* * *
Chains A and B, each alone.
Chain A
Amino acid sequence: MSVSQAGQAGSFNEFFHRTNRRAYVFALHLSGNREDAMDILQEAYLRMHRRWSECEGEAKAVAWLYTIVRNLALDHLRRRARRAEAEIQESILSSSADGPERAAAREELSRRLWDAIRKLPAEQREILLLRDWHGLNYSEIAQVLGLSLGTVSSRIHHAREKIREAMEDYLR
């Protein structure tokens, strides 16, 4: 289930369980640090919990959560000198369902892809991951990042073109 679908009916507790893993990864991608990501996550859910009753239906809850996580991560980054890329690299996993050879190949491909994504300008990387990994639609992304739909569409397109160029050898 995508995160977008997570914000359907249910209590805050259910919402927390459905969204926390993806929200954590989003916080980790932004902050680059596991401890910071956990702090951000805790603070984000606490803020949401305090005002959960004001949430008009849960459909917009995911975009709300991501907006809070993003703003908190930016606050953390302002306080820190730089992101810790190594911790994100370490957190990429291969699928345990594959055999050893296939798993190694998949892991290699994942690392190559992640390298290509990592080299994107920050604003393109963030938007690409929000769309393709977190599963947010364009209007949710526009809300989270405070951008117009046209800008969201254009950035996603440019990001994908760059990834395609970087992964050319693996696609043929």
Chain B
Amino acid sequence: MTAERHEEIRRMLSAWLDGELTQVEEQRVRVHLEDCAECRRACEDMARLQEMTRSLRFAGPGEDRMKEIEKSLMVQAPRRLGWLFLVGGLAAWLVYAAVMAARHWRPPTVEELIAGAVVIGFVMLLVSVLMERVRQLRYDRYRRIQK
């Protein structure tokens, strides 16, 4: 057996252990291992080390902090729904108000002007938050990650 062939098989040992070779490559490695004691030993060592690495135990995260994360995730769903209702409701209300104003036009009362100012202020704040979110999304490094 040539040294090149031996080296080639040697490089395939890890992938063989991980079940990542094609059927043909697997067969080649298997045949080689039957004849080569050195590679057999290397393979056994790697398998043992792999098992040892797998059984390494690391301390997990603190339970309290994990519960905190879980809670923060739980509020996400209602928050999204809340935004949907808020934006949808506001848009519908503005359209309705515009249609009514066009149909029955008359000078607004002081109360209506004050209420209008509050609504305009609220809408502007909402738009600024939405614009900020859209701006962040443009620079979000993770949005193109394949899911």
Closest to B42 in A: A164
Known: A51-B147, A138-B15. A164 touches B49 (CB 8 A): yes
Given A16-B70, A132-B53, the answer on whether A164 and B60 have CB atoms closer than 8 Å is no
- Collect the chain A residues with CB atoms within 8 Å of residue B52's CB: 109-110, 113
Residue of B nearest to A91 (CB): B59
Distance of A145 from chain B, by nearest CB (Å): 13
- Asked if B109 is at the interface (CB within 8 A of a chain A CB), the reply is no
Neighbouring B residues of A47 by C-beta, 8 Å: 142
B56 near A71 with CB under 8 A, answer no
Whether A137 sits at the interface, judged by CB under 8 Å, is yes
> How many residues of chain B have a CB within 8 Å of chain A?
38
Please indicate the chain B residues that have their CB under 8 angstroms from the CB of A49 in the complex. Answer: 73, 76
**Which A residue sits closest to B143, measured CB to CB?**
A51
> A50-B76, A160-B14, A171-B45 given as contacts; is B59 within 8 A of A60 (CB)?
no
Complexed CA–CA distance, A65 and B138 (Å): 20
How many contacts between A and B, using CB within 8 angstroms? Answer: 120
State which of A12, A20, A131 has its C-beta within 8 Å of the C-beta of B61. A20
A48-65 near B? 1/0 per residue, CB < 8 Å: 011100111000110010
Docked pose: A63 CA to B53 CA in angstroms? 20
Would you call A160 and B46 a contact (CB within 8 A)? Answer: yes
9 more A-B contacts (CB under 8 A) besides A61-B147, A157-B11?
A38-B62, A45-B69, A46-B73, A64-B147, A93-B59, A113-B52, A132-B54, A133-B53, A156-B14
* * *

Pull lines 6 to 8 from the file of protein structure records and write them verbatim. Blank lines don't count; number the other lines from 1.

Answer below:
Amino acid sequence: MTAERHEEIRRMLSAWLDGELTQVEEQRVRVHLEDCAECRRACEDMARLQEMTRSLRFAGPGEDRMKEIEKSLMVQAPRRLGWLFLVGGLAAWLVYAAVMAARHWRPPTVEELIAGAVVIGFVMLLVSVLMERVRQLRYDRYRRIQK
């Protein structure tokens, strides 16, 4: 057996252990291992080390902090729904108000002007938050990650 062939098989040992070779490559490695004691030993060592690495135990995260994360995730769903209702409701209300104003036009009362100012202020704040979110999304490094 040539040294090149031996080296080639040697490089395939890890992938063989991980079940990542094609059927043909697997067969080649298997045949080689039957004849080569050195590679057999290397393979056994790697398998043992792999098992040892797998059984390494690391301390997990603190339970309290994990519960905190879980809670923060739980509020996400209602928050999204809340935004949907808020934006949808506001848009519908503005359209309705515009249609009514066009149909029955008359000078607004002081109360209506004050209420209008509050609504305009609220809408502007909402738009600024939405614009900020859209701006962040443009620079979000993770949005193109394949899911």
Closest to B42 in A: A164